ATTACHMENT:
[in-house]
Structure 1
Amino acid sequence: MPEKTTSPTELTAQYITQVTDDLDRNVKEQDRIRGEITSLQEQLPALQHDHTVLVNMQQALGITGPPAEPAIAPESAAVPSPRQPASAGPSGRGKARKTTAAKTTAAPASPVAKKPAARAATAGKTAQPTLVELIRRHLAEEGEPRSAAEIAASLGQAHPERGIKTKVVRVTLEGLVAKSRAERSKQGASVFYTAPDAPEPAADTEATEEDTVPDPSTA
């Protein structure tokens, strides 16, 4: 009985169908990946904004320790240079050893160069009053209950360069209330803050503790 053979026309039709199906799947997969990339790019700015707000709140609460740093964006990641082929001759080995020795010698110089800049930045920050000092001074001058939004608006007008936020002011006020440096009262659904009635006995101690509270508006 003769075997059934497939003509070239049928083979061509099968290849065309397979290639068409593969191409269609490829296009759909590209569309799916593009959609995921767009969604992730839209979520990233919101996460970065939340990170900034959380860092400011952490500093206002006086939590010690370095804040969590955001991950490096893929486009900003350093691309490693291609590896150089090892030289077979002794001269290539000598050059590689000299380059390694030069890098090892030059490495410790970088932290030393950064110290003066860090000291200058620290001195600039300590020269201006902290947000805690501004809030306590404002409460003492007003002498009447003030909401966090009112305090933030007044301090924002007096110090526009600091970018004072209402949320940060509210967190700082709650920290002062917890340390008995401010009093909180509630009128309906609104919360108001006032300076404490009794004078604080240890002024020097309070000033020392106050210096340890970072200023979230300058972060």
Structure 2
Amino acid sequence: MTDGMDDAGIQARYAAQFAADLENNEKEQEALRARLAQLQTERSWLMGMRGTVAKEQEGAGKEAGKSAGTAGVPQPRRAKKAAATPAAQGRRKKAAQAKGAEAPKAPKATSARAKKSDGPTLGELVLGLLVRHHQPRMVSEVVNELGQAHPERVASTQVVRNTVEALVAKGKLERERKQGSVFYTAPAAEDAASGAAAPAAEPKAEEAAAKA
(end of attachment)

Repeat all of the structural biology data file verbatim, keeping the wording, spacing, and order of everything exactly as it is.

[in-house]
Structure 1
Amino acid sequence: MPEKTTSPTELTAQYITQVTDDLDRNVKEQDRIRGEITSLQEQLPALQHDHTVLVNMQQALGITGPPAEPAIAPESAAVPSPRQPASAGPSGRGKARKTTAAKTTAAPASPVAKKPAARAATAGKTAQPTLVELIRRHLAEEGEPRSAAEIAASLGQAHPERGIKTKVVRVTLEGLVAKSRAERSKQGASVFYTAPDAPEPAADTEATEEDTVPDPSTA
């Protein structure tokens, strides 16, 4: 009985169908990946904004320790240079050893160069009053209950360069209330803050503790 053979026309039709199906799947997969990339790019700015707000709140609460740093964006990641082929001759080995020795010698110089800049930045920050000092001074001058939004608006007008936020002011006020440096009262659904009635006995101690509270508006 003769075997059934497939003509070239049928083979061509099968290849065309397979290639068409593969191409269609490829296009759909590209569309799916593009959609995921767009969604992730839209979520990233919101996460970065939340990170900034959380860092400011952490500093206002006086939590010690370095804040969590955001991950490096893929486009900003350093691309490693291609590896150089090892030289077979002794001269290539000598050059590689000299380059390694030069890098090892030059490495410790970088932290030393950064110290003066860090000291200058620290001195600039300590020269201006902290947000805690501004809030306590404002409460003492007003002498009447003030909401966090009112305090933030007044301090924002007096110090526009600091970018004072209402949320940060509210967190700082709650920290002062917890340390008995401010009093909180509630009128309906609104919360108001006032300076404490009794004078604080240890002024020097309070000033020392106050210096340890970072200023979230300058972060």
Structure 2
Amino acid sequence: MTDGMDDAGIQARYAAQFAADLENNEKEQEALRARLAQLQTERSWLMGMRGTVAKEQEGAGKEAGKSAGTAGVPQPRRAKKAAATPAAQGRRKKAAQAKGAEAPKAPKATSARAKKSDGPTLGELVLGLLVRHHQPRMVSEVVNELGQAHPERVASTQVVRNTVEALVAKGKLERERKQGSVFYTAPAAEDAASGAAAPAAEPKAEEAAAKA